QUB Electric DeLorean 02

Another Back to the Future day tie-in, and what a novel one this is. You’ve seen the nod from Toyota and the homage from Mercedes-Benz, but this one’s quite the trick – it’s a series production DeLorean DMC-12, restored as an electric car.

The car isn’t the work of a private restoration company, but rather the efforts of an institution of higher learning, in this case Queen’s University Belfast. Over the past 18 months, students and staff from the university’s School of Electronics, Electrical Engineering and Computer Science – supported by Northern Ireland Electricity Networks – have painstakingly rebuilt and modified the DMC-12 into an EV.

The Electric DeLorean will be unveiled tomorrow, October 21, 2015, at the Ulster Museum in Belfast, the exact date that Marty McFly went Back To The Future in the second movie of the trilogy. The example, an August 1981 build, is thought to be the first DeLorean to be constructed in Northern Ireland since series production of the DMC-12 ended at the DeLorean Motor Company’s (DMC) Belfast factory in 1983.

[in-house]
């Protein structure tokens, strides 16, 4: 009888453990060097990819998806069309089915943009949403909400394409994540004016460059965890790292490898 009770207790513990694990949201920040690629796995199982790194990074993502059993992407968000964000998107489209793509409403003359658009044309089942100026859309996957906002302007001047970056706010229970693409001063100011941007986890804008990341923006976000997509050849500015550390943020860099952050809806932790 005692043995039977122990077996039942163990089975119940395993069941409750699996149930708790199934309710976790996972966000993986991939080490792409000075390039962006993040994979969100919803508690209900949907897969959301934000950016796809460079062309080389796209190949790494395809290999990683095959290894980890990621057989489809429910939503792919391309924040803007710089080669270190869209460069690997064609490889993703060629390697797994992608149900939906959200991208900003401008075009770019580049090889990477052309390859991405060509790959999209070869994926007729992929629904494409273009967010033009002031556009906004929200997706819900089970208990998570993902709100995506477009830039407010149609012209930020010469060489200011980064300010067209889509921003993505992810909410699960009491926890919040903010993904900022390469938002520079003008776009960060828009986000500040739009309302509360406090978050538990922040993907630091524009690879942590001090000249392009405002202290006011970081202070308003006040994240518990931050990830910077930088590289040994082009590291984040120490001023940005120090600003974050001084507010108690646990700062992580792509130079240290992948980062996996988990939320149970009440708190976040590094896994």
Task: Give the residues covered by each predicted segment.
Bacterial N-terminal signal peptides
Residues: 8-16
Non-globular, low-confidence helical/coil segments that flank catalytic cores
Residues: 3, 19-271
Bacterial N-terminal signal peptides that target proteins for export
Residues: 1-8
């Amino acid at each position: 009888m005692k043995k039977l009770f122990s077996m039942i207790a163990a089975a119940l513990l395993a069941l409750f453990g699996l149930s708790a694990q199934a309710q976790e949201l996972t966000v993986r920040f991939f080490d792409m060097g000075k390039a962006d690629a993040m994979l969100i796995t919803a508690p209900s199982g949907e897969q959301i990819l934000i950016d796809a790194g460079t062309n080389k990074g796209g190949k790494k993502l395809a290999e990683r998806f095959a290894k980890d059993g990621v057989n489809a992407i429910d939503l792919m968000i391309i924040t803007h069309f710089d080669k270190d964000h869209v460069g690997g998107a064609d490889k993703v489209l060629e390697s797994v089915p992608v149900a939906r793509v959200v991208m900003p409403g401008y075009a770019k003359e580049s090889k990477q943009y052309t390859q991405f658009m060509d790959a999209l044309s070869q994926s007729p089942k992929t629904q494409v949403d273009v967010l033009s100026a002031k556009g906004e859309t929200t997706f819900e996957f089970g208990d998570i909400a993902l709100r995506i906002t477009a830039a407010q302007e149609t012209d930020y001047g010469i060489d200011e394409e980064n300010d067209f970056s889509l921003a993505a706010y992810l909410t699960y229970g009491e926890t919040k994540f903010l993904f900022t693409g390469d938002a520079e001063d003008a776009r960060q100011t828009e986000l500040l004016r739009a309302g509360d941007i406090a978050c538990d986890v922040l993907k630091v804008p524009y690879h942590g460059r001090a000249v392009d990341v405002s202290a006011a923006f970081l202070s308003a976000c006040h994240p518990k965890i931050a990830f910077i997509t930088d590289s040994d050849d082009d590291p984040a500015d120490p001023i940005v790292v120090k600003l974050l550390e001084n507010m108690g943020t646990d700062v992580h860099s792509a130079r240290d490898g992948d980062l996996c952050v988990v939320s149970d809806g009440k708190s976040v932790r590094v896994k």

QUB Electric DeLorean 01

According to project leader Dr David Laverty, the Queen’s Electric DeLorean was meant to be a learning base for young engineers, equipping them with the knowledge and expertise to build electric vehicles of the future.

“This project was about modifying a car into an electric vehicle, but we wanted to do it in style. The DeLorean was the obvious choice because of its strong connection to Belfast and its starring role in the Back to The Future movies,” he said.

“The DeLorean was in a poor state of repair when we took ownership in January 2014, and since then our students have worked with experts within Queen’s Electrical Energy laboratory – one of the few university facilities in the UK dedicated to teaching and research of electrical generators and motors – to develop the car’s hi-tech electric engine.”

“We have retained the use of the original drivetrain from the DeLorean, including its Renault gearbox, which our students have modified so that it is driven by a 270 hp electric motor, giving a top speed of 193 km/h,” he explained.

Approximately 9,000 examples of the DMC-12 – which was designed by Giorgetto Giugiaro – were built by the Dunmurry facility in Belfast. In its original guise, the car was powered by a Peugeot/Renault/Volvo (PRV) 2.85 litre V6 engine built under special contract by PRV in France for DMC.